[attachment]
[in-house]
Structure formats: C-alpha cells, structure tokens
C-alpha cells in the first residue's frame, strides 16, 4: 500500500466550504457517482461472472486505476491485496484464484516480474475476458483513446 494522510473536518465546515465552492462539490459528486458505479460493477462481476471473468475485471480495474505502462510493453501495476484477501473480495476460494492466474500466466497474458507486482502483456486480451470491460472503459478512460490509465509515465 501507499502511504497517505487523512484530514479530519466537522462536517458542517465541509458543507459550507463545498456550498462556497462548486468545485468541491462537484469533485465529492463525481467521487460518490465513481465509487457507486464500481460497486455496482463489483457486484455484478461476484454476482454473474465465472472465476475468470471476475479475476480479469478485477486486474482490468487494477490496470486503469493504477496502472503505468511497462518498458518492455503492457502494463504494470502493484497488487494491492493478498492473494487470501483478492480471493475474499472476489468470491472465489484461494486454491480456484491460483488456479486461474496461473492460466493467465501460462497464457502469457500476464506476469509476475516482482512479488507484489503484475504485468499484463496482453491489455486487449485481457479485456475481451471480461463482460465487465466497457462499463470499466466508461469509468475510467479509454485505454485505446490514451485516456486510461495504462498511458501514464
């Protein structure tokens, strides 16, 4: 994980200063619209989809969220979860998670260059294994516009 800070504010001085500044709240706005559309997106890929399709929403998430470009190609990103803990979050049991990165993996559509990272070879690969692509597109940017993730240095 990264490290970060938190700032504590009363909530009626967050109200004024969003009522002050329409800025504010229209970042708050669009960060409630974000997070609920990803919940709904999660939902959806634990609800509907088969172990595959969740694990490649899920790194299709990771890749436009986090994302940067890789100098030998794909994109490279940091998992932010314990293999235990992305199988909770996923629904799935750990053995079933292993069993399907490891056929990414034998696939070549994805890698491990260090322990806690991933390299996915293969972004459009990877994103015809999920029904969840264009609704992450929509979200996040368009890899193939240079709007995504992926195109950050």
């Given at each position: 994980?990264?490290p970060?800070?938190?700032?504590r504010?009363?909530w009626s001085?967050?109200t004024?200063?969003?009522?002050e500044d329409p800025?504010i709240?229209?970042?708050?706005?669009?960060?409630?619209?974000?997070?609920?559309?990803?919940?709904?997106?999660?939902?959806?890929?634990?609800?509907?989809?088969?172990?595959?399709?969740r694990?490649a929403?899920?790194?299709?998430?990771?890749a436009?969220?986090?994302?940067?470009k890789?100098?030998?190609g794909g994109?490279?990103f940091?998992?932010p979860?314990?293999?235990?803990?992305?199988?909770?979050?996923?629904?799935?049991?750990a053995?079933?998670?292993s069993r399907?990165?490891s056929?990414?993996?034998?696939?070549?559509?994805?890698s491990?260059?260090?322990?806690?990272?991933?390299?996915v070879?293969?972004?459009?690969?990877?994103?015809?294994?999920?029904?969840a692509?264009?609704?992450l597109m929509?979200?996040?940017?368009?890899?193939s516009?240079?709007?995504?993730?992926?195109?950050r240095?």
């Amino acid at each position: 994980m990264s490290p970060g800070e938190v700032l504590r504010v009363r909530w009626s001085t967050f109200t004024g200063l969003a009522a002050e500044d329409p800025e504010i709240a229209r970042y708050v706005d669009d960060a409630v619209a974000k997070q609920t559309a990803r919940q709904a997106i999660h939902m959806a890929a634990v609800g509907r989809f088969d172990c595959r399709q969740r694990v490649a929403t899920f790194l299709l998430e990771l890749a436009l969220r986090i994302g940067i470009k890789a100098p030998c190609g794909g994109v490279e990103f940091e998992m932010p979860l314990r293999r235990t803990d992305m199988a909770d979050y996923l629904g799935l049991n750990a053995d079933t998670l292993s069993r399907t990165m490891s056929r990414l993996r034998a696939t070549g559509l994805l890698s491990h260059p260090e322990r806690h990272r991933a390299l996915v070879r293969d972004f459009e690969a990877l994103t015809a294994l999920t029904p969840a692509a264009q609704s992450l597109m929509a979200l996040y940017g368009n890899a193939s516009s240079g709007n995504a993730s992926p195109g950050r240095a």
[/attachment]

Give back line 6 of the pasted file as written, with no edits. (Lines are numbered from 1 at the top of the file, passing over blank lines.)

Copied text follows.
């Amino acid at each position: 994980m990264s490290p970060g800070e938190v700032l504590r504010v009363r909530w009626s001085t967050f109200t004024g200063l969003a009522a002050e500044d329409p800025e504010i709240a229209r970042y708050v706005d669009d960060a409630v619209a974000k997070q609920t559309a990803r919940q709904a997106i999660h939902m959806a890929a634990v609800g509907r989809f088969d172990c595959r399709q969740r694990v490649a929403t899920f790194l299709l998430e990771l890749a436009l969220r986090i994302g940067i470009k890789a100098p030998c190609g794909g994109v490279e990103f940091e998992m932010p979860l314990r293999r235990t803990d992305m199988a909770d979050y996923l629904g799935l049991n750990a053995d079933t998670l292993s069993r399907t990165m490891s056929r990414l993996r034998a696939t070549g559509l994805l890698s491990h260059p260090e322990r806690h990272r991933a390299l996915v070879r293969d972004f459009e690969a990877l994103t015809a294994l999920t029904p969840a692509a264009q609704s992450l597109m929509a979200l996040y940017g368009n890899a193939s516009s240079g709007n995504a993730s992926p195109g950050r240095a």